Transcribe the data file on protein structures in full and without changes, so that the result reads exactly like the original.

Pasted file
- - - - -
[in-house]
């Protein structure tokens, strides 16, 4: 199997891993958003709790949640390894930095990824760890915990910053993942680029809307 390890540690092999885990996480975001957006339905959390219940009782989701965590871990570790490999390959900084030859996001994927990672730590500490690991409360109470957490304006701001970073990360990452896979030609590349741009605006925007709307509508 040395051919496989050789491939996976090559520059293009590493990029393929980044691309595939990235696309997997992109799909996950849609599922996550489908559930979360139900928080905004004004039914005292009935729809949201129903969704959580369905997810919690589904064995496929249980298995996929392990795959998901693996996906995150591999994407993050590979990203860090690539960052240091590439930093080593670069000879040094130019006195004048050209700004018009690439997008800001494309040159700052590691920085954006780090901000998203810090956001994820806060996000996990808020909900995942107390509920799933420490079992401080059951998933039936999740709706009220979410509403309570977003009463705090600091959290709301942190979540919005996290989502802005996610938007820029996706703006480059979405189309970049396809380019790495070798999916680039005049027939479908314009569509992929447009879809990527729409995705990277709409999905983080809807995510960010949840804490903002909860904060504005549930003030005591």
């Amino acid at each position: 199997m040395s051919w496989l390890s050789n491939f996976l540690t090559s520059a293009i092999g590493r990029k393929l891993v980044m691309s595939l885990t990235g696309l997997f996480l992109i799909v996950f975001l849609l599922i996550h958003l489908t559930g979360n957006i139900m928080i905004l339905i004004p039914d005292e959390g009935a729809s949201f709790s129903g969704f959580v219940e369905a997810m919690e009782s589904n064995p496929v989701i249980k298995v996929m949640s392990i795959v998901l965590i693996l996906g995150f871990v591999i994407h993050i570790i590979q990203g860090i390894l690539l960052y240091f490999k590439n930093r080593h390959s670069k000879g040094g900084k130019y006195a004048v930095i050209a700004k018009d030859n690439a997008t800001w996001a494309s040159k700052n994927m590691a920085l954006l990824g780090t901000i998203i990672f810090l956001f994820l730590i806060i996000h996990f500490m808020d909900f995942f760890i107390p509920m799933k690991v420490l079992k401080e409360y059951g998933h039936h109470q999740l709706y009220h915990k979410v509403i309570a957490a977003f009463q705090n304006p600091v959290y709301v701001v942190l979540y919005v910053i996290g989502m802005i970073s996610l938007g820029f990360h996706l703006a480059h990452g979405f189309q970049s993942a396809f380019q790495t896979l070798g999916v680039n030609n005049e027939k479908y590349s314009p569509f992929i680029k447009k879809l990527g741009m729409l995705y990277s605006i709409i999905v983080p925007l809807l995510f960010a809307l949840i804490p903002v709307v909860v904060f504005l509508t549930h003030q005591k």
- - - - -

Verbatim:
[in-house]
């Protein structure tokens, strides 16, 4: 199997891993958003709790949640390894930095990824760890915990910053993942680029809307 390890540690092999885990996480975001957006339905959390219940009782989701965590871990570790490999390959900084030859996001994927990672730590500490690991409360109470957490304006701001970073990360990452896979030609590349741009605006925007709307509508 040395051919496989050789491939996976090559520059293009590493990029393929980044691309595939990235696309997997992109799909996950849609599922996550489908559930979360139900928080905004004004039914005292009935729809949201129903969704959580369905997810919690589904064995496929249980298995996929392990795959998901693996996906995150591999994407993050590979990203860090690539960052240091590439930093080593670069000879040094130019006195004048050209700004018009690439997008800001494309040159700052590691920085954006780090901000998203810090956001994820806060996000996990808020909900995942107390509920799933420490079992401080059951998933039936999740709706009220979410509403309570977003009463705090600091959290709301942190979540919005996290989502802005996610938007820029996706703006480059979405189309970049396809380019790495070798999916680039005049027939479908314009569509992929447009879809990527729409995705990277709409999905983080809807995510960010949840804490903002909860904060504005549930003030005591």
């Amino acid at each position: 199997m040395s051919w496989l390890s050789n491939f996976l540690t090559s520059a293009i092999g590493r990029k393929l891993v980044m691309s595939l885990t990235g696309l997997f996480l992109i799909v996950f975001l849609l599922i996550h958003l489908t559930g979360n957006i139900m928080i905004l339905i004004p039914d005292e959390g009935a729809s949201f709790s129903g969704f959580v219940e369905a997810m919690e009782s589904n064995p496929v989701i249980k298995v996929m949640s392990i795959v998901l965590i693996l996906g995150f871990v591999i994407h993050i570790i590979q990203g860090i390894l690539l960052y240091f490999k590439n930093r080593h390959s670069k000879g040094g900084k130019y006195a004048v930095i050209a700004k018009d030859n690439a997008t800001w996001a494309s040159k700052n994927m590691a920085l954006l990824g780090t901000i998203i990672f810090l956001f994820l730590i806060i996000h996990f500490m808020d909900f995942f760890i107390p509920m799933k690991v420490l079992k401080e409360y059951g998933h039936h109470q999740l709706y009220h915990k979410v509403i309570a957490a977003f009463q705090n304006p600091v959290y709301v701001v942190l979540y919005v910053i996290g989502m802005i970073s996610l938007g820029f990360h996706l703006a480059h990452g979405f189309q970049s993942a396809f380019q790495t896979l070798g999916v680039n030609n005049e027939k479908y590349s314009p569509f992929i680029k447009k879809l990527g741009m729409l995705y990277s605006i709409i999905v983080p925007l809807l995510f960010a809307l949840i804490p903002v709307v909860v904060f504005l509508t549930h003030q005591k």